Sure, the air out there feels as if somebody thought you were tonight's rib roast and slipped you into the oven at a slow bake.
But you don't have to take it. This is 1990, and there are things you can do about the heat.
Like get a job at an ice house. While his friends melt in their back yards and living rooms, Steven Fierro, 17, an Azusa High School senior, toddles off to the Monrovia Ice Co. in Duarte.
Here, in blissfully frigid air, he helps to shepherd a torrent of ice cubes into plastic bags, or chops steaming 300-pound blocks down to size with an ice pick.
If he finds himself getting a little overheated--during the hot weather, the plant on Huntington Drive can spit out as much as 20 tons of ice a day--Fierro just strolls into the storeroom, where all those bags of cubes are kept at an icy 20 degrees. Here, Fierro and co-worker Eric Leal take a few breaths of arctic air and think about what it must be like outside.
"On days like this," Fierro said, "I just want to come to work."
There's no relief in sight. Rick Dittman, a meteorologist with Weather Data Inc., said there is a huge high pressure system parked on top of Southern California like a lid on a barbecue grill.
The normal "thermal trough," with offshore breezes wafting across the region, has been reversed, Dittman said. "Now you have winds blowing down from the east and the north, and cities like Monrovia, at the base of a huge mountain range, are in a perfect position for really hot weather," he said.
Monrovia reached highs of 109 degrees for three days running this week, and other foothill cities were experiencing similar temperatures. The prospects are for similar weather through the weekend, Dittman said.
San Gabriel Valley residents have been finding lots of ways to escape that oven, or at least to step away from its direct blast.
Everybody seems to have a favorite escape. There are back-yard swimming pools and Raging Waters, the water attraction in Bonelli Park in San Dimas. There are home air conditioners, shopping malls and air-conditioned movie theaters.
Some cool-off strategies can't be shared. "I go home and sit in front of the air conditioner buck naked," a 16-year-old Pasadena girl said.
At times like this, Sandy Gollihugh knows she's in the right business. As the rest of Pasadena contends with 104 degrees, Gollihugh is zipped into a heavy leather jacket for her job as an ice-skating instructor.
"Sometimes it gets cold in here," Gollihugh said, leaning against the rail at the Pasadena Ice Skating Center on East Green Street. "On days like today, I know I made the right choice."
On Monday, there were great stretches of open ice at the center, as some of Gollihugh's students practiced their pirouettes and figure eights. A group of high school students from the Siloam Church Youth Group in Paramount celebrated their last day of vacation, charging around the rink in a chain.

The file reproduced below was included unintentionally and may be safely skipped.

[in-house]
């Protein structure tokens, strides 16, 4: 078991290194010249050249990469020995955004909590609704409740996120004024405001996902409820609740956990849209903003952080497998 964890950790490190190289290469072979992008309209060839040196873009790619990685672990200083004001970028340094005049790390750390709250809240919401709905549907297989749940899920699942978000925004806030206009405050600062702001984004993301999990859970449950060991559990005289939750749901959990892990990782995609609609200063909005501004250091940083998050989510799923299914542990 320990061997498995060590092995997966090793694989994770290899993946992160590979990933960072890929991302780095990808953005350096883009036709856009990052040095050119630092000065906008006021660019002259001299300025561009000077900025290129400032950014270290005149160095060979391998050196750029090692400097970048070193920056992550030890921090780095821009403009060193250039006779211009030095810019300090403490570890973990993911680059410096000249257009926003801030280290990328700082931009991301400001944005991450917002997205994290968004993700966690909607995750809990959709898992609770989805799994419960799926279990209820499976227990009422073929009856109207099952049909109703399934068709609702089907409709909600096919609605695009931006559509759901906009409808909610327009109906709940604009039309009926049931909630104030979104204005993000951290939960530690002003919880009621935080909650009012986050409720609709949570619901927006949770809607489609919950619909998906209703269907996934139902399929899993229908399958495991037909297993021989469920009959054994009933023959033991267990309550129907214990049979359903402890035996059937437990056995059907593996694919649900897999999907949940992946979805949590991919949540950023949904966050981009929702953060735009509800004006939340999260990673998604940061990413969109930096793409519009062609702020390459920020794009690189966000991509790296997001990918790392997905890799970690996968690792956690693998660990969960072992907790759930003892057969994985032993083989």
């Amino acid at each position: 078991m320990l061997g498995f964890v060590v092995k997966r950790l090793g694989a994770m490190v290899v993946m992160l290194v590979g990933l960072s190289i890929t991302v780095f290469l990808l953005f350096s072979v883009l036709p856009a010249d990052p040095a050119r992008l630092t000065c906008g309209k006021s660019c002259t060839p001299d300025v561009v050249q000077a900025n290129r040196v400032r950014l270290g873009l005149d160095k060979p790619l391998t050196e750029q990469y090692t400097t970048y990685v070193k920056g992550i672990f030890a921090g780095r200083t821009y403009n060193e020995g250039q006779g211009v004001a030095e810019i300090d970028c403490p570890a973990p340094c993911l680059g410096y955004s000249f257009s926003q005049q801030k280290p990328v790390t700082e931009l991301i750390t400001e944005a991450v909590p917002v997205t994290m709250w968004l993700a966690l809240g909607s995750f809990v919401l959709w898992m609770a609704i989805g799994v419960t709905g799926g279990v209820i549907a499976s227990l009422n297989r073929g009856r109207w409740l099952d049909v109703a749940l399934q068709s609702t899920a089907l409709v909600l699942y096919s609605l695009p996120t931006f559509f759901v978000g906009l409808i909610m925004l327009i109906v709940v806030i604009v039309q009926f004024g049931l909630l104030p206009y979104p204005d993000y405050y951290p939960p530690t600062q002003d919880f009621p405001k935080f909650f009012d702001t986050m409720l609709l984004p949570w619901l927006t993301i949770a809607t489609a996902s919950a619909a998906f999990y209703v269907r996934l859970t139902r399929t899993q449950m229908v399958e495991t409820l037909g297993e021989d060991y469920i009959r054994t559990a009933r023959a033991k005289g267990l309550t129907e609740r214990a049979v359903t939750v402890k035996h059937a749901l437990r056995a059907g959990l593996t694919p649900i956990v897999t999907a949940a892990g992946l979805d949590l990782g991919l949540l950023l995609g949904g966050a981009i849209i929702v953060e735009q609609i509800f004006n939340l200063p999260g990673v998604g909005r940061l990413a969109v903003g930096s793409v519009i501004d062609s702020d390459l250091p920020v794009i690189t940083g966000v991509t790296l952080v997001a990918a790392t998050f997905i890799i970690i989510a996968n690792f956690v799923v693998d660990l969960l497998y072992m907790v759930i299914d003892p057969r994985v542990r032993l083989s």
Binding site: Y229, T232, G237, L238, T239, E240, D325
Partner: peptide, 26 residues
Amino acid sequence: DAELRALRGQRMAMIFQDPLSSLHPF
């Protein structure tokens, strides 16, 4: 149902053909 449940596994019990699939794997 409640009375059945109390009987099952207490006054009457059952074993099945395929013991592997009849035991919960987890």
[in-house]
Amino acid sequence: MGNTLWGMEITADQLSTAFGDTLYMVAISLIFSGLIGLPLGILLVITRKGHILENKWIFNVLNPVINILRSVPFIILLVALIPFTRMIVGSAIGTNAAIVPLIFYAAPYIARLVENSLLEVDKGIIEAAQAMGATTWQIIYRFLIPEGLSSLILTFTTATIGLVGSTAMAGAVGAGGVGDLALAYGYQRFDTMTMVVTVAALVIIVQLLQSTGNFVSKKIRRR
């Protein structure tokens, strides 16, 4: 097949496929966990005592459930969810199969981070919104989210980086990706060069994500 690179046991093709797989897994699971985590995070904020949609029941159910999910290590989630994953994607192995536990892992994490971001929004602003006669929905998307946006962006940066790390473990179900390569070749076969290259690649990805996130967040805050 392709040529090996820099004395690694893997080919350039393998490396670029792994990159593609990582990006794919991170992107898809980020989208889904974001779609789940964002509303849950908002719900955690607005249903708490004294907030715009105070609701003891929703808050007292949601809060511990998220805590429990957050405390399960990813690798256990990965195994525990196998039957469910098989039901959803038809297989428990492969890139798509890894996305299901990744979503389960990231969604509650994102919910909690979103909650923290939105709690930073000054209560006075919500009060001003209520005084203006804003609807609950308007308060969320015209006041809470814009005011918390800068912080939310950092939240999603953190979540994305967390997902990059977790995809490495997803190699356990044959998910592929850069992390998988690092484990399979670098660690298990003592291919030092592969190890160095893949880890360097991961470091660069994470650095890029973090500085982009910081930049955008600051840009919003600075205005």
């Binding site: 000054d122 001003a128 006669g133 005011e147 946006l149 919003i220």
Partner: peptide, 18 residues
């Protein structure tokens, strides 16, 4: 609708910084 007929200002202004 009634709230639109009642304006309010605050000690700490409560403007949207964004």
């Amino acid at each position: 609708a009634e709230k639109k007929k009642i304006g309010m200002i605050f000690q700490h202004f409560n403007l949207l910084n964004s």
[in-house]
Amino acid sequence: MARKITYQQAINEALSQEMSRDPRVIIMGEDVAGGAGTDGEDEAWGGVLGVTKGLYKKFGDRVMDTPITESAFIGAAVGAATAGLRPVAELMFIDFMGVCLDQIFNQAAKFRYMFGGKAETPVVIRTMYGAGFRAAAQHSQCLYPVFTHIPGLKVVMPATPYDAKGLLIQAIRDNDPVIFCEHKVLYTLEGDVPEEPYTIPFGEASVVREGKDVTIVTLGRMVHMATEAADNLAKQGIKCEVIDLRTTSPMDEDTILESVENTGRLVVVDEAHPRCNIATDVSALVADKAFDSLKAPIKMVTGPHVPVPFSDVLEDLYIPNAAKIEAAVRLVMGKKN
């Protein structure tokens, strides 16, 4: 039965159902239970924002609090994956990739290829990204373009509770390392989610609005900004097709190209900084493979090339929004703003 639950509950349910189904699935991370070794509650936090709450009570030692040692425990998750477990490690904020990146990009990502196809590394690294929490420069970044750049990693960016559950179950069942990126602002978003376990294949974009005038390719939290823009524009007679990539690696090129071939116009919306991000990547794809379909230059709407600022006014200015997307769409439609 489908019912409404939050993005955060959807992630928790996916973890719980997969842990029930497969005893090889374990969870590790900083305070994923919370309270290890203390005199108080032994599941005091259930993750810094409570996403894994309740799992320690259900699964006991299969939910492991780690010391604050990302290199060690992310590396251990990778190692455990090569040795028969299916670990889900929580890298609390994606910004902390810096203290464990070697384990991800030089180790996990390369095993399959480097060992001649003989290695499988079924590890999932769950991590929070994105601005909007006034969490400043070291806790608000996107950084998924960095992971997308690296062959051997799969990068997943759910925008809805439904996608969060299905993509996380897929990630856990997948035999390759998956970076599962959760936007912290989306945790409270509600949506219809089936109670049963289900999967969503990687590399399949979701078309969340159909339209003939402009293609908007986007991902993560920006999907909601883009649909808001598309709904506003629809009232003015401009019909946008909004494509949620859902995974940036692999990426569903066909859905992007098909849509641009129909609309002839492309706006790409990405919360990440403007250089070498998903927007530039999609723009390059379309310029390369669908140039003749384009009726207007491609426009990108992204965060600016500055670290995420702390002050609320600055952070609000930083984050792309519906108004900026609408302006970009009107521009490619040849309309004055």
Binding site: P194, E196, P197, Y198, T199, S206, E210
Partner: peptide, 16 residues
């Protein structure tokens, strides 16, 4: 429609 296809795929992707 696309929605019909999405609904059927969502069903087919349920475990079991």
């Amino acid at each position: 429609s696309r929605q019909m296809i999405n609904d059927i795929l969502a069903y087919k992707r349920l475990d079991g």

"It's a kind of tradition with us," said Sarah Choe, 16, a student at Warren High School in Downey. "We come here every year."
Across the street at the Plaza Pasadena mall, the pace was slow, and the atmosphere was cool. Pedro Lopez, a retired store clerk from Pasadena, confessed that he had been in the mall for three hours.
"It's very agreeable here," he said, sitting on a main-floor bench, with not the least inclination to move on.
If you're not into winter sports and malls aren't your cup of tea, there's always Pasadena Superior Court. Court-watchers there are keeping their eyes on the trials being played out in air-conditioned courtrooms.
Out at the Los Angeles County Fair, at the Fairplex in Pomona, four of the exhibit halls are air-conditioned for the first time. And horse racing begins today. For $3, you can watch the races from the air-conditioned clubhouse. Or for a $5 minimum, you can take a table at the race track's Top of the Park restaurant, which has a panoramic view of the track and its own parimutuel windows.
A lot of people head for the mountains. Mt. Wilson was a moderate 89 degrees Tuesday, 20 degrees lower than some of the cities below. Just as important, Mt. Wilson weather observer Lu Rarogeiwicz said, the 5,800-foot mountain is above the smog line.
San Gabriel Valley ozone levels have been soaring into the "very unhealthful" range most days this week.
"There's a heavy blanket over the Basin," Rarogeiwicz said from his mountaintop perspective. "I can't really see into it--it's a lovely brown color. But it's clear overhead. I can see all the way to San Clemente and San Nicolas islands, between 100 and 110 miles away."
If the heat should fray tempers to the boiling point, there's plenty of room at the Pasadena Police Department lockup. "We can house 43 people here," Sgt. Jay D'Angelo said. "All of our cells are air-conditioned."